Benthic cyanobacterial mats, at low cover, are an important benthic component of coral reefs, but have recently drastically proliferated on reefs worldwide. To better understand the factors that are driving this proliferation, we first must understand the identity of, and the interactions between, the microorganisms that build these mats. In a recent study published in Science of the Total Environment, researchers from Florida State University used next-generation DNA sequencing to explore the total species diversity of a benthic cyanobacterial mat sampled from the island of Bonaire. They found that coral reef cyanobacterial mats are cooperatively built by multiple species of microorganisms spanning all domains of life, and likely rely on this diversity to exploit environmental changes and proliferate. These data can be used to develop mechanistic hypotheses about what factors are most important in controlling the growth of coral reef benthic cyanobacterial mats.
The rise of cyanobacterial mats
Cyanobacterial mats are naturally present at low abundance on coral reefs (~1% cover), and are thought to be critical in supplying bioavailable nitrogen to the reef environment that supports the growth of other benthic taxa such as coral. Recently, however, the abundance of cyanobacterial mats has expanded to cover ~20% of many Caribbean reefs, with massive blooms sometimes reaching close to 100% cover of the benthos. The increase in cover of benthic cyanobacterial mats poses numerous threats to overall reef health. To understand how different environmental factors are driving the rise of cyanobacterial mats, it is important to characterize the identity of the species that build these mats, and to understand the unique functional role of each mat community member.
To characterize the total diversity of benthic cyanobacterial mats, the team utilized a type of genetic sequencing known as shotgun metagenomic sequencing for its first ever application on a coral reef benthic cyanobacterial mat sample. In contrast to other sequencing methods that specifically target the DNA of only certain target species in a sample, this method instead sequences all of the DNA from a sample, and allows scientists to characterize all organisms in a sample, including viruses. The team sequenced 2 samples in this way – 1 taken from the growing edge of a cyanobacterial mat and 1 taken from the interior of that same cyanobacterial mat.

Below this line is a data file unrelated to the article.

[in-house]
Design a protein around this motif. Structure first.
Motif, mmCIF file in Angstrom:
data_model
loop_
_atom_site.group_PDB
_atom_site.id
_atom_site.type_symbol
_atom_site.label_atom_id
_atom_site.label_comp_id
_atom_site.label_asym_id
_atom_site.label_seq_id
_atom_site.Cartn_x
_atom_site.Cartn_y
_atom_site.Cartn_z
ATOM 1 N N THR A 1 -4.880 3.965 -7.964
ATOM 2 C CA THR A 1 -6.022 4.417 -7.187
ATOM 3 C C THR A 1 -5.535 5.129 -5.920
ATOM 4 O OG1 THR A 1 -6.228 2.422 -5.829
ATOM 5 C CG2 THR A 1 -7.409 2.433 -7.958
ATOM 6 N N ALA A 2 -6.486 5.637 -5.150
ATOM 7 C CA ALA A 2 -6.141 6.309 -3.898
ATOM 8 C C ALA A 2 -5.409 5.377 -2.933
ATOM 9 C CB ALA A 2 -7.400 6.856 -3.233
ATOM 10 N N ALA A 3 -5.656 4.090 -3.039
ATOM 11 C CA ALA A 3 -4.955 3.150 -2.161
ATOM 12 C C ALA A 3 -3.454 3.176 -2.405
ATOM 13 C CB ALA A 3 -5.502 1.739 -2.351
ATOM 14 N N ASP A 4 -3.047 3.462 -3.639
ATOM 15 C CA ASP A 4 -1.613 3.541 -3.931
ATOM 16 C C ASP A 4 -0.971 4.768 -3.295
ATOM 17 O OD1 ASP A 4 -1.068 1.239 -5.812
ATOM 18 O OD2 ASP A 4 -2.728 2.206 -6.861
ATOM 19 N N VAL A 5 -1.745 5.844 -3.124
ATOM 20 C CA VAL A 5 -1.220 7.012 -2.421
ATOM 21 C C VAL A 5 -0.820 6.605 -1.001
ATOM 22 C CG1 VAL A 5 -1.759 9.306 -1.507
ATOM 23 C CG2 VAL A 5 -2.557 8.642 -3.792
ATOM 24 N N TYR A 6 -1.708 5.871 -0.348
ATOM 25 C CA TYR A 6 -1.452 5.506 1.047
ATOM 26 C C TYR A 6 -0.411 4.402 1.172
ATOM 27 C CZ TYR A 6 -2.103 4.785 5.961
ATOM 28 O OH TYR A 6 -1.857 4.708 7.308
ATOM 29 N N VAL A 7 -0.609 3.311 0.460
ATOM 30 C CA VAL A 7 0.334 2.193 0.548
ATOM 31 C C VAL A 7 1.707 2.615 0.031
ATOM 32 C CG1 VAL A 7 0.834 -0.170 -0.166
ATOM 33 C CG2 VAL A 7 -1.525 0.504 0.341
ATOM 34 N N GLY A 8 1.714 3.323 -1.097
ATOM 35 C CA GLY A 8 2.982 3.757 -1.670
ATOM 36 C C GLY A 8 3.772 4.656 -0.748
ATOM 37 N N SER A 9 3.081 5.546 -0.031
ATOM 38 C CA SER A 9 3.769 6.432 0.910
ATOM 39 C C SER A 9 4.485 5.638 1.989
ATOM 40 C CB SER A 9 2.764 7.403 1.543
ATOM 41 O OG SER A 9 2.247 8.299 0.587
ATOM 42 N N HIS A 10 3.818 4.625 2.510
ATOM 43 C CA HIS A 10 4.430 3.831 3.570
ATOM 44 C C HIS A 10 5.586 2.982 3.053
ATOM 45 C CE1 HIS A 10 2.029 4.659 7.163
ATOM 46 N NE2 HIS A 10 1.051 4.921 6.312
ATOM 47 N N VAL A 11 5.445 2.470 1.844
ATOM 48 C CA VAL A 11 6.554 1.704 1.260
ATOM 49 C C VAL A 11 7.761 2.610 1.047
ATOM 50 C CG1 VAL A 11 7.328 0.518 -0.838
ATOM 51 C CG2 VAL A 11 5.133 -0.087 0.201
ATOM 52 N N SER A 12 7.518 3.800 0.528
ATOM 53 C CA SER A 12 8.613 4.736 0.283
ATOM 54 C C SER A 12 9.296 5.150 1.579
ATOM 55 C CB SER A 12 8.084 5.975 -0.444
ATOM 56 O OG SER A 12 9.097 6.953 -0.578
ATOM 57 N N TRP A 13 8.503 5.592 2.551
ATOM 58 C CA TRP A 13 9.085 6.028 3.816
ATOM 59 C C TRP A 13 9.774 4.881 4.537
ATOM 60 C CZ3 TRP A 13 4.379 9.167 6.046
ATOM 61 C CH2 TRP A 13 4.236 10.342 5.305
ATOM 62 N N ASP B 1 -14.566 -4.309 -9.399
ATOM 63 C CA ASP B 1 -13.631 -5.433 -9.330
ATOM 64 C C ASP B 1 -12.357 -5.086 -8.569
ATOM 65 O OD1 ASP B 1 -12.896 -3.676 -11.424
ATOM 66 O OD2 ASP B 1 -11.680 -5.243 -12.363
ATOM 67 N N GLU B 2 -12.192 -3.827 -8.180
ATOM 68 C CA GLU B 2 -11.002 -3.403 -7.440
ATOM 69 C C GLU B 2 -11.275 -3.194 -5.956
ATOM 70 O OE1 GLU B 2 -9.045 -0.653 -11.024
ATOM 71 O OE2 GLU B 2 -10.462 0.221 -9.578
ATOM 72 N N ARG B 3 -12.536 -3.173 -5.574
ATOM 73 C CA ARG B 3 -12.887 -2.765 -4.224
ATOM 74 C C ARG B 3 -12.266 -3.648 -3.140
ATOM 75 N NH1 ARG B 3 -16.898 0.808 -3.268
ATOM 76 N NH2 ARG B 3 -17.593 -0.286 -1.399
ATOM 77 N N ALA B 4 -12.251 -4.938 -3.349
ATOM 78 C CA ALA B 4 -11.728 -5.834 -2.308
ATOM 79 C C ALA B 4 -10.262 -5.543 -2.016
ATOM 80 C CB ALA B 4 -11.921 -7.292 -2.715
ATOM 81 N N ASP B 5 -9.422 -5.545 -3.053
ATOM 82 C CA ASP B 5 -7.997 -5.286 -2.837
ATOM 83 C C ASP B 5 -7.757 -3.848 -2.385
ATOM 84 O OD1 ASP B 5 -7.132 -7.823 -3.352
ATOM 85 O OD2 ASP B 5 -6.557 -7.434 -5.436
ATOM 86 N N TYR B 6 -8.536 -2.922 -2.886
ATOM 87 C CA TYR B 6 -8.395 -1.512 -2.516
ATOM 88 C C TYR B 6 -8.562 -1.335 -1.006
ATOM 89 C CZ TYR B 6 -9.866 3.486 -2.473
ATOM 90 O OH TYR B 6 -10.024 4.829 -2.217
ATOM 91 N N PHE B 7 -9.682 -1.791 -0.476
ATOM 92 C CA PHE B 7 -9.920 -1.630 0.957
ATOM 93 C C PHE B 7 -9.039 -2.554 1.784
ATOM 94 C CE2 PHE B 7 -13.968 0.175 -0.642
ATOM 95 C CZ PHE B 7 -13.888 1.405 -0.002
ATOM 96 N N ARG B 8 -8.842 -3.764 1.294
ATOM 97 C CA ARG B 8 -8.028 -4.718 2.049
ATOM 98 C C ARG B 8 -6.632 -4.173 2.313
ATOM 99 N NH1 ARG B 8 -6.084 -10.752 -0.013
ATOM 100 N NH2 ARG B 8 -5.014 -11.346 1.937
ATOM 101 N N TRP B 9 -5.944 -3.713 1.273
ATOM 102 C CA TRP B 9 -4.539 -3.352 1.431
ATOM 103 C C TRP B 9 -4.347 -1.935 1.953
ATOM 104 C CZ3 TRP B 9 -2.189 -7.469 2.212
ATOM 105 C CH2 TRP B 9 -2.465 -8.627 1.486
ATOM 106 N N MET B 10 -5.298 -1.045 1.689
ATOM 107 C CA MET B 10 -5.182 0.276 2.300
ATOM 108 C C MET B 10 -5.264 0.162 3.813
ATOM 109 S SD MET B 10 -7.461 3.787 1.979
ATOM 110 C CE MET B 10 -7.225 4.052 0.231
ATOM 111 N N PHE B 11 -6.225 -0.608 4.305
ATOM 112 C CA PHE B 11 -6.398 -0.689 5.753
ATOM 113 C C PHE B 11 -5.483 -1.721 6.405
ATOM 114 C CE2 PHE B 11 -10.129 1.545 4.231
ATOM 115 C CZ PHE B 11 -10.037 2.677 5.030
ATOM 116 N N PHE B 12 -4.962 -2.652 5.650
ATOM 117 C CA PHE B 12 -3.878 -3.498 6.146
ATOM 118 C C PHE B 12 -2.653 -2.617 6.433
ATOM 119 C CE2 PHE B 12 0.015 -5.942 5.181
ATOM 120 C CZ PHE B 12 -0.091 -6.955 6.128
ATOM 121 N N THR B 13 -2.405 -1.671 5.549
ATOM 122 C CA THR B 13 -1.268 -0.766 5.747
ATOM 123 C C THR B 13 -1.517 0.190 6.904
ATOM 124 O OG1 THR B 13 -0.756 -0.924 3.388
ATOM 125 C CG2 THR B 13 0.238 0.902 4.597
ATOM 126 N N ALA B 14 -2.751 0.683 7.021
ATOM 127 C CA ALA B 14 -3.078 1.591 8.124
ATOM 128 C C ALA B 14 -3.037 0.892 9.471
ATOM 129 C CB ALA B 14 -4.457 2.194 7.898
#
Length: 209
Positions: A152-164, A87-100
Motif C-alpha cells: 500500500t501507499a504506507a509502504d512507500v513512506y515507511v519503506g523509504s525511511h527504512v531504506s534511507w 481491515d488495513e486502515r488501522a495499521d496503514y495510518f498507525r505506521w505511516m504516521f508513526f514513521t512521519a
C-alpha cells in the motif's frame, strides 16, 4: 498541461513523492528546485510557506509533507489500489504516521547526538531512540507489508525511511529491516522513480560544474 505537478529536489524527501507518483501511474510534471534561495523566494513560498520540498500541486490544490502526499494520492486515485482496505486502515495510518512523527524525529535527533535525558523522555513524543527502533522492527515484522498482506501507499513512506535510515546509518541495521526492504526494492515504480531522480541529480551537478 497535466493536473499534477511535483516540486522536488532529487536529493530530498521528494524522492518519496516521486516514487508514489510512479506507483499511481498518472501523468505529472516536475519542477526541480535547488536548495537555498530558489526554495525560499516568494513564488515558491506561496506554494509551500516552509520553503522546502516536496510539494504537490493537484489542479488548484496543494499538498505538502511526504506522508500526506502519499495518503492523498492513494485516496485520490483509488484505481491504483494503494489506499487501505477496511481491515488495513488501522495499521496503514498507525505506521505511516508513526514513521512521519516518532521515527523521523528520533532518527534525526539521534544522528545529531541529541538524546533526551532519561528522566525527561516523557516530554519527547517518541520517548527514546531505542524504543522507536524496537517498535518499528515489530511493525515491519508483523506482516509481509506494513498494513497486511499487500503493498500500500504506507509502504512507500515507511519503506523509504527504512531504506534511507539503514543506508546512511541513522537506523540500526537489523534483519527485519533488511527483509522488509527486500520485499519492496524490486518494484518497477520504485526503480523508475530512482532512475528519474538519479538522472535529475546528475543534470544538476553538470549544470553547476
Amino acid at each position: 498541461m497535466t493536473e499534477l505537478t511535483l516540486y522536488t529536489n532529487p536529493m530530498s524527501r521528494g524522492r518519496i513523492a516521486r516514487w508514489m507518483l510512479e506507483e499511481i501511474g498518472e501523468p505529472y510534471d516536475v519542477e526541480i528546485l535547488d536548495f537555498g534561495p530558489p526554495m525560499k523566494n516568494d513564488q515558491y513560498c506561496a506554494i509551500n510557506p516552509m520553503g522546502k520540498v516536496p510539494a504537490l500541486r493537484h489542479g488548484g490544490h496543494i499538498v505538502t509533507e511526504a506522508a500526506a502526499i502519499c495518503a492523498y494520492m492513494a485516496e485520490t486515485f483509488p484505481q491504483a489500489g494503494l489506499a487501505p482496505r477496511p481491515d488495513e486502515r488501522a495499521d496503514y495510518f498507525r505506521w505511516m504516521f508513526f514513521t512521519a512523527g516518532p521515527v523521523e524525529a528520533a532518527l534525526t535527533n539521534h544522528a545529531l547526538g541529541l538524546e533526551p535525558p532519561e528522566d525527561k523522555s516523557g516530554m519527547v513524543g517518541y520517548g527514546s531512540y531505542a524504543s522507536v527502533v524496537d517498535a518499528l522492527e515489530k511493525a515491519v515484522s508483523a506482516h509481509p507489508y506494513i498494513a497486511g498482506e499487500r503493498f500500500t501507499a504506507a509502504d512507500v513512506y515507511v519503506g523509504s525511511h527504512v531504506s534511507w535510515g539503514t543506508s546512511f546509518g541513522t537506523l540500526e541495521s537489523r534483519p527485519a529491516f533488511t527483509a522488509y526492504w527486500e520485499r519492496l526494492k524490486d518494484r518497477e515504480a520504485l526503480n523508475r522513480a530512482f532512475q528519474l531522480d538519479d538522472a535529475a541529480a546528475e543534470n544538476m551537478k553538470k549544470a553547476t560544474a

Shotgun metagenomic sequencing revealed that representative species from all domains of life can be found in coral reef benthic cyanobacterial mats, including members of domain Archaea, Bacteria, and Eukarya. The Florida State University team found that cyanobacteria were present at only 47.57% relative abundance in the mat samples, alongside other bacteria present at a relative abundance of 45.78%. Viruses, including viruses that can infect and kill bacteria called bacteriophages, were also present in the sampled mat at a relative abundance of 0.08%.
The team also found that the sampled mat possessed a diverse set of metabolic functions, including numerous cooperative functions for living as a coordinated community. The sampled mat community possessed numerous functions for the efficient utilization and storage of environmental phosphorous and nitrogen, both potentially limiting to the growth of cyanobacterial mats. Interestingly, the team also found evidence for multiple different pathways of nitrogen cycling, including the removal of bioavailable nitrogen in a process termed denitrification, that suggests the paradigm of cyanobacterial mats as an important nitrogen source to coral reefs should be revisited.
Ongoing work by Cissell and McCoy seeks to characterize the dynamics of benthic cyanobacterial mats across multiple spatiotemporal scales using novel map-based tracking performed from May – July 2019 at Angel City, Bonaire. Additionally, Cissell and McCoy are using shotgun sequencing of both the DNA and RNA of multiple cyanobacterial mats to better understand daily cycles of mat community members, and their expressed functions. Combining an understanding of spatiotemporal variability in mat functions with a robust characterization of the persistence and volatility of cyanobacterial mats across multiple scales will facilitate rigorous tests of factors controlling mat abundance on Caribbean reefs.
Cissell, E.C., McCoy, S.J. 2021. Shotgun metagenomic sequencing reveals the full taxonomic, trophic, and functional diversity of a coral reef benthic cyanobacterial mat from Bonaire, Caribbean Netherlands. Science of the Total Environment 755: 142719. https://doi.org/10.1016/j.scitotenv.2020.142719.
More info in the Dutch Caribbean Biodiversity Database